New ICC chief Greg Barclay
It will be difficult for all countries to play enough matches with the Big Three, feels ICC chairman Greg Barclay. Image Credit: Twitter

Kolkata: It was nothing short of a warning signal sent out by Greg Barclay, the Chairman of International Cricket Council (ICC), about the future of the purest format of the game. Just when one thought that Test matches were enjoying more of a context with the second cycle of World Test Championship now on and the matches were becoming more result-oriented, Barclay’s views on the sidelines of the first England-New Zealand Test struck a somewhat jarring note.

Pragmatic, yes, as premier sporting events cannot be immune to the financial bottomline - and this is not the first time the man on the hot seat pondered the feasibility of five-day contests in it’s current volume. When the first edition of WTC ended in last June amid a mixed feedback, Barclay said it was still a work in progress and may undergo a transformation with time.


What, exactly, is the logic behind the outgoing ICC supremo’s contention that there could be fewer five-day games played annually while women’s Test matches may become untenable in future? The biggest challenge for ICC, as it tries to draw it’s Future Tours Programme (FTP) for next eight-year cycle from 2023-31 is apparently that of the ICC events and surfeit of T20 franchise leagues coming in the way of squeezing in of bi-lateral series in any format.

The New Zealander also hinted that arranging series with the top-three cricket-playing nations - India, England and Australia - will get increasingly difficult with time. Now, this again raises visions of the ‘Big Three’ calling the shots as they are the biggest revenue generators as Barclay said that the other nations may get lesser opportunities to play enough cricket against these three countries given their hetic schedule.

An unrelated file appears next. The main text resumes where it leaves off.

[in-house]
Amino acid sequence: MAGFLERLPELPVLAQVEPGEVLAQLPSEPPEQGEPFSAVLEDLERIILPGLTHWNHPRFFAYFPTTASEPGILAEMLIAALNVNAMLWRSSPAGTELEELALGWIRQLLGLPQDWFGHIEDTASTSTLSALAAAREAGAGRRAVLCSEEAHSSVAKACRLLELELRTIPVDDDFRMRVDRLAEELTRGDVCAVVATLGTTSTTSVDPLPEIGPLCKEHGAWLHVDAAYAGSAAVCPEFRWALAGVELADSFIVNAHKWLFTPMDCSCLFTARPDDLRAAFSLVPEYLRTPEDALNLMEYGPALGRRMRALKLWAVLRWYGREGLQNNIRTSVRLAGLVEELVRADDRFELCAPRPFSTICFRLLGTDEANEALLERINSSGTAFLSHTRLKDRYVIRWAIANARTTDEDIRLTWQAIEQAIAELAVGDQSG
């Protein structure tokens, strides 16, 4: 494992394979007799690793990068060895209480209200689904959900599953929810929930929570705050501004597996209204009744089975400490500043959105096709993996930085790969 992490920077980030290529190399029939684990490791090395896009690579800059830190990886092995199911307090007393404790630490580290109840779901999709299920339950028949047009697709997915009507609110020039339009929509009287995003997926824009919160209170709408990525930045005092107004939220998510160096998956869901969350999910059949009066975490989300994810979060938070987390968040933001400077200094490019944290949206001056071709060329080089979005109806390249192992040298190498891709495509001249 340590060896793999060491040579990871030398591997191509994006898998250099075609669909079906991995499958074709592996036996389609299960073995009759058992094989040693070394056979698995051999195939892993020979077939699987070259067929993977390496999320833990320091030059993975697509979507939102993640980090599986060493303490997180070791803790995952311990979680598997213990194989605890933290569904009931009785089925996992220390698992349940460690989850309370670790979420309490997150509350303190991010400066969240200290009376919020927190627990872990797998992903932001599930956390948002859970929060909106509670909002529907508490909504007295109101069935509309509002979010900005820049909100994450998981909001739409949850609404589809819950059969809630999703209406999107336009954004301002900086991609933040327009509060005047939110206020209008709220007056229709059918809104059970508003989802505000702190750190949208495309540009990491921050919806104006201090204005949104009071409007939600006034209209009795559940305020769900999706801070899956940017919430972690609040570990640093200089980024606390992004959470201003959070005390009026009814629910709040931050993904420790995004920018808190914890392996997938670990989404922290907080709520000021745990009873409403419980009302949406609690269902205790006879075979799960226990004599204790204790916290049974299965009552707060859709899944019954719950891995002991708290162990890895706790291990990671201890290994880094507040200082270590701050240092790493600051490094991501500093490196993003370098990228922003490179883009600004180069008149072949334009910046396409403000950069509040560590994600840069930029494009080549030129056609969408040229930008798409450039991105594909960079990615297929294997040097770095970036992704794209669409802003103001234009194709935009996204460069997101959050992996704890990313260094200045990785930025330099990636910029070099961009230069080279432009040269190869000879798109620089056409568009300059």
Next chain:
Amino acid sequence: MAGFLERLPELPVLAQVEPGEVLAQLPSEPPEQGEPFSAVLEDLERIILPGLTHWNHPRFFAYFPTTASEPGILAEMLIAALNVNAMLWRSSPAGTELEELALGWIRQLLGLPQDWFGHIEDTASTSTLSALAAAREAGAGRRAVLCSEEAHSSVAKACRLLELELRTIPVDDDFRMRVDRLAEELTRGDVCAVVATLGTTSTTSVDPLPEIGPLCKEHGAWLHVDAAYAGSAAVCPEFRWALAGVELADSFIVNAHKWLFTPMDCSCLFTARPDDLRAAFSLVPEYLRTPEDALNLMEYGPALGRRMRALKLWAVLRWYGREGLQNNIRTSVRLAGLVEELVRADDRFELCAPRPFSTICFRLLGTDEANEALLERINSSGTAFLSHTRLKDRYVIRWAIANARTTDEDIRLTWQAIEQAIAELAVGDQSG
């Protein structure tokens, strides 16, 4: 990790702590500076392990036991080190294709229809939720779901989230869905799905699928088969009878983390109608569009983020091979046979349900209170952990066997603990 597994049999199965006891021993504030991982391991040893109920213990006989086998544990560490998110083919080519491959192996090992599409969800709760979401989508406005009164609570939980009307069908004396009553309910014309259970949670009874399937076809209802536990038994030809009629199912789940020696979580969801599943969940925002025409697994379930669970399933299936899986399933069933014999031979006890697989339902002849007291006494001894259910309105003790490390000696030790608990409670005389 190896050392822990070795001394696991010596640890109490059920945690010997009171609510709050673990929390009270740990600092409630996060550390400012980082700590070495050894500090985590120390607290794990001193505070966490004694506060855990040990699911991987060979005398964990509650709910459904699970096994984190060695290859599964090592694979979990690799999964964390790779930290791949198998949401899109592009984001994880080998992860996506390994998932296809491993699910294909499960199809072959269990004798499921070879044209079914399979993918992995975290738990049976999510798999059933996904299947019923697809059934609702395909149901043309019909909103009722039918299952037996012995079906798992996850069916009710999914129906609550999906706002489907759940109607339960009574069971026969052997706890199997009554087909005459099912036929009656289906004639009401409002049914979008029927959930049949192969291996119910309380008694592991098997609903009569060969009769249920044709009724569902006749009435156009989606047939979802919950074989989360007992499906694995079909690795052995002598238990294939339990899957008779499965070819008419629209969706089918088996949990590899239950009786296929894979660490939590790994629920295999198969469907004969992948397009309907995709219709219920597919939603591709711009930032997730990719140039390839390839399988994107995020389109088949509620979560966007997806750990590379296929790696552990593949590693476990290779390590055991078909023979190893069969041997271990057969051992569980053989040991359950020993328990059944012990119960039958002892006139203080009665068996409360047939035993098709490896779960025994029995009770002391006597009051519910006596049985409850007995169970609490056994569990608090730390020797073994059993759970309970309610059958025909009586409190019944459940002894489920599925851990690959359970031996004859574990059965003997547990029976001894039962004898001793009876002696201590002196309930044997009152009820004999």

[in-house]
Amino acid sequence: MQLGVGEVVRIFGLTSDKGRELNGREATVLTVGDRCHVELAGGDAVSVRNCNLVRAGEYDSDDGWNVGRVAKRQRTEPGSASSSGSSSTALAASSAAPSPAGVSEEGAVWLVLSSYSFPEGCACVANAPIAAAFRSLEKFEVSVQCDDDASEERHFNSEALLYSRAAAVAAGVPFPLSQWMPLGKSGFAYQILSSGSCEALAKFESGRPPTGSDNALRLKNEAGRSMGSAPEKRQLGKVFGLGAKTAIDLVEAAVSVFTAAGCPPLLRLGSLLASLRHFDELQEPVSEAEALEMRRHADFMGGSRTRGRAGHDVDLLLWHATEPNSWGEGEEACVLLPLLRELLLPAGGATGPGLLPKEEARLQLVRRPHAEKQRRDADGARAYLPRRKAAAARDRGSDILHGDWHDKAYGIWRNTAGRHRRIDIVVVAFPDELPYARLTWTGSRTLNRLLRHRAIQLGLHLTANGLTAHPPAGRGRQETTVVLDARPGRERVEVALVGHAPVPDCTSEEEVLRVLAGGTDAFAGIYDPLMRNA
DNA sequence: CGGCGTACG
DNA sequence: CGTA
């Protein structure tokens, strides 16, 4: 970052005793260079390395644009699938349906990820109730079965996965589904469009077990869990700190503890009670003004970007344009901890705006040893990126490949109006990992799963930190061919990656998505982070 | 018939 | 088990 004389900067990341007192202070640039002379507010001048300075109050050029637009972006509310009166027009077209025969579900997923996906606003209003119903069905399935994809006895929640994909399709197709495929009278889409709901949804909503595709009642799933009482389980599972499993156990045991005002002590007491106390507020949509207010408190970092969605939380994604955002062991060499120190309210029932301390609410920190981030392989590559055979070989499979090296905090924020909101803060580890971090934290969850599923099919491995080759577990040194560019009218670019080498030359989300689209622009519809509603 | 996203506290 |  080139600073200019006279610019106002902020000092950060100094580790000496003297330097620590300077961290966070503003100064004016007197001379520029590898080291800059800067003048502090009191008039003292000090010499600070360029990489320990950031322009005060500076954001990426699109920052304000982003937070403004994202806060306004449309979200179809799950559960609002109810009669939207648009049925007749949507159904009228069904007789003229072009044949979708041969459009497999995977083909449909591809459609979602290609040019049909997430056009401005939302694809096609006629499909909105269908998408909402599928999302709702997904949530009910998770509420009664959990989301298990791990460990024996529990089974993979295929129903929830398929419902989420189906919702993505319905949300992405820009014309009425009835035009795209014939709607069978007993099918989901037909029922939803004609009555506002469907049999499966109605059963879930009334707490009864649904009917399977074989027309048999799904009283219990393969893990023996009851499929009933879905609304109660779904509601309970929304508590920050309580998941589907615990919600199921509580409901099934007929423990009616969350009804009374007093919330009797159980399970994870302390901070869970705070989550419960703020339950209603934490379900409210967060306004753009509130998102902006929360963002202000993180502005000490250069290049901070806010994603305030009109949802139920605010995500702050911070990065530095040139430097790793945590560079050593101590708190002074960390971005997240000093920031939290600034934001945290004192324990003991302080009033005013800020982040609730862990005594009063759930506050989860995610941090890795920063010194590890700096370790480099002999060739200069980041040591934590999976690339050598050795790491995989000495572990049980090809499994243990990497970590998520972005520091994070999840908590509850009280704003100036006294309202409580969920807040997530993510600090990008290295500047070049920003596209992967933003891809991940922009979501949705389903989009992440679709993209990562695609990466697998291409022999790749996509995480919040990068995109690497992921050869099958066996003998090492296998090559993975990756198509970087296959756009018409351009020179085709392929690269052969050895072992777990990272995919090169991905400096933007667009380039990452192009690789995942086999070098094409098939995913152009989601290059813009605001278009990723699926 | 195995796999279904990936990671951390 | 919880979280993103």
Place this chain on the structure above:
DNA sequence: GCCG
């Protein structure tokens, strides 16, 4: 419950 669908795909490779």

SPO_211218 ASHES-1639840134488
The Ashes series, along with the ones between the Big Three, are the only ones where a full five-Test series is played these days. Image Credit: AP file

Now, Barclay has given a caveat that it’s only ‘one man’s point of view’ but his assumption is that’s the way things will pan out in future. After being at the helm of affairs at a time when the sport faced it’s biggest squeeze in two years of the pandemic - he is surely aware of the critical issue of the balance sheet of the cricket boards. There are not too many boards who can claim to have their head above the water and no amount of romanticism about the five-day game on part of the fans may be of worth much.

It was less than two years back when the speculation of ICC mulling four-day Test matches did the rounds - a proposal which sharply polarised the cricketers’ community. While England and South African boards had reportedly backed such an idea amid talks that the governing body was contemplating such a move from the 2023-2031 cycle, it met with a strong reservation from influential figures in the game like the then Indian captain Virat Kohli or former Australian great Ricky Ponting. A reduction in the duration of Test matches, as the thinking was, that it would make it more feasible in terms of scheduling in these times of choc-a-bloc international calendar.

What will then work? The introduction of Pink Ball Tests, where superpower India became a late entrant from 2019, has also not yielded immediate results. While they are now agreeable to play matches under lights overseas, both day-night Tests played in India ended in less than three days and the exaggerated movement of the lacquered pink ball has become another contentious issue for the batsmen.

One thing is for certain, Barclay’s views will throw open another debate on the future of the five-day game. And this time, those with the media rights may have the final say!